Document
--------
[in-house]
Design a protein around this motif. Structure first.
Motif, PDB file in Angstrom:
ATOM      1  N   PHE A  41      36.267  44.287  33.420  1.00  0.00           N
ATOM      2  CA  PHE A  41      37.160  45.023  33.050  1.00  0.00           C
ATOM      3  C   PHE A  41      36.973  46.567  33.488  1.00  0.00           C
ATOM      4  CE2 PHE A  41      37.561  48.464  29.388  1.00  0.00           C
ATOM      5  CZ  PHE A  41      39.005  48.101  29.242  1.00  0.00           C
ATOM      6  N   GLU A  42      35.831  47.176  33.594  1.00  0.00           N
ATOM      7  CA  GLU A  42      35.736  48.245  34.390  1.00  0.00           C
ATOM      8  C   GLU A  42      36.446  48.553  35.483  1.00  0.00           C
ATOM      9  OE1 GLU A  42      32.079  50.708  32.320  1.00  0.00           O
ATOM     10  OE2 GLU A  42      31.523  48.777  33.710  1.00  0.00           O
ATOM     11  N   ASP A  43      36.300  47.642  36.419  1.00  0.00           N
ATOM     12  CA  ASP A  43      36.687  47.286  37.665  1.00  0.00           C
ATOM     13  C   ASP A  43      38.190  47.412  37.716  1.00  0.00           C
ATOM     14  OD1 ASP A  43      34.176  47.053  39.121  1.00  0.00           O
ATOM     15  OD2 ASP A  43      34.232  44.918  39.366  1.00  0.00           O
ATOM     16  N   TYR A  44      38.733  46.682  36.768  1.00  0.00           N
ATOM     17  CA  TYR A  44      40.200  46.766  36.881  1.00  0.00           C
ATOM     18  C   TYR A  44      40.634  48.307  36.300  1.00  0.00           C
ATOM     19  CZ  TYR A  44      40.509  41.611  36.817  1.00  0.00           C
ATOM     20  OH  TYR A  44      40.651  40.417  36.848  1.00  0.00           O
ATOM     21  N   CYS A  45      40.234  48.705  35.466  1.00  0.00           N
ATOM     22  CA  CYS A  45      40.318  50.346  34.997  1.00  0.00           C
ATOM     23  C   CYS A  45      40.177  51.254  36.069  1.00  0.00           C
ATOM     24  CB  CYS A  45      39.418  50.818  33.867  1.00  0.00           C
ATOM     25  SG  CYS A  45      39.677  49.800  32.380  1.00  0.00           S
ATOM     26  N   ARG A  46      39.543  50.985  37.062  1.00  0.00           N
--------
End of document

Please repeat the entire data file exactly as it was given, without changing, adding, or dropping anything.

[in-house]
Design a protein around this motif. Structure first.
Motif, PDB file in Angstrom:
ATOM      1  N   PHE A  41      36.267  44.287  33.420  1.00  0.00           N
ATOM      2  CA  PHE A  41      37.160  45.023  33.050  1.00  0.00           C
ATOM      3  C   PHE A  41      36.973  46.567  33.488  1.00  0.00           C
ATOM      4  CE2 PHE A  41      37.561  48.464  29.388  1.00  0.00           C
ATOM      5  CZ  PHE A  41      39.005  48.101  29.242  1.00  0.00           C
ATOM      6  N   GLU A  42      35.831  47.176  33.594  1.00  0.00           N
ATOM      7  CA  GLU A  42      35.736  48.245  34.390  1.00  0.00           C
ATOM      8  C   GLU A  42      36.446  48.553  35.483  1.00  0.00           C
ATOM      9  OE1 GLU A  42      32.079  50.708  32.320  1.00  0.00           O
ATOM     10  OE2 GLU A  42      31.523  48.777  33.710  1.00  0.00           O
ATOM     11  N   ASP A  43      36.300  47.642  36.419  1.00  0.00           N
ATOM     12  CA  ASP A  43      36.687  47.286  37.665  1.00  0.00           C
ATOM     13  C   ASP A  43      38.190  47.412  37.716  1.00  0.00           C
ATOM     14  OD1 ASP A  43      34.176  47.053  39.121  1.00  0.00           O
ATOM     15  OD2 ASP A  43      34.232  44.918  39.366  1.00  0.00           O
ATOM     16  N   TYR A  44      38.733  46.682  36.768  1.00  0.00           N
ATOM     17  CA  TYR A  44      40.200  46.766  36.881  1.00  0.00           C
ATOM     18  C   TYR A  44      40.634  48.307  36.300  1.00  0.00           C
ATOM     19  CZ  TYR A  44      40.509  41.611  36.817  1.00  0.00           C
ATOM     20  OH  TYR A  44      40.651  40.417  36.848  1.00  0.00           O
ATOM     21  N   CYS A  45      40.234  48.705  35.466  1.00  0.00           N
ATOM     22  CA  CYS A  45      40.318  50.346  34.997  1.00  0.00           C
ATOM     23  C   CYS A  45      40.177  51.254  36.069  1.00  0.00           C
ATOM     24  CB  CYS A  45      39.418  50.818  33.867  1.00  0.00           C
ATOM     25  SG  CYS A  45      39.677  49.800  32.380  1.00  0.00           S
ATOM     26  N   ARG A  46      39.543  50.985  37.062  1.00  0.00           N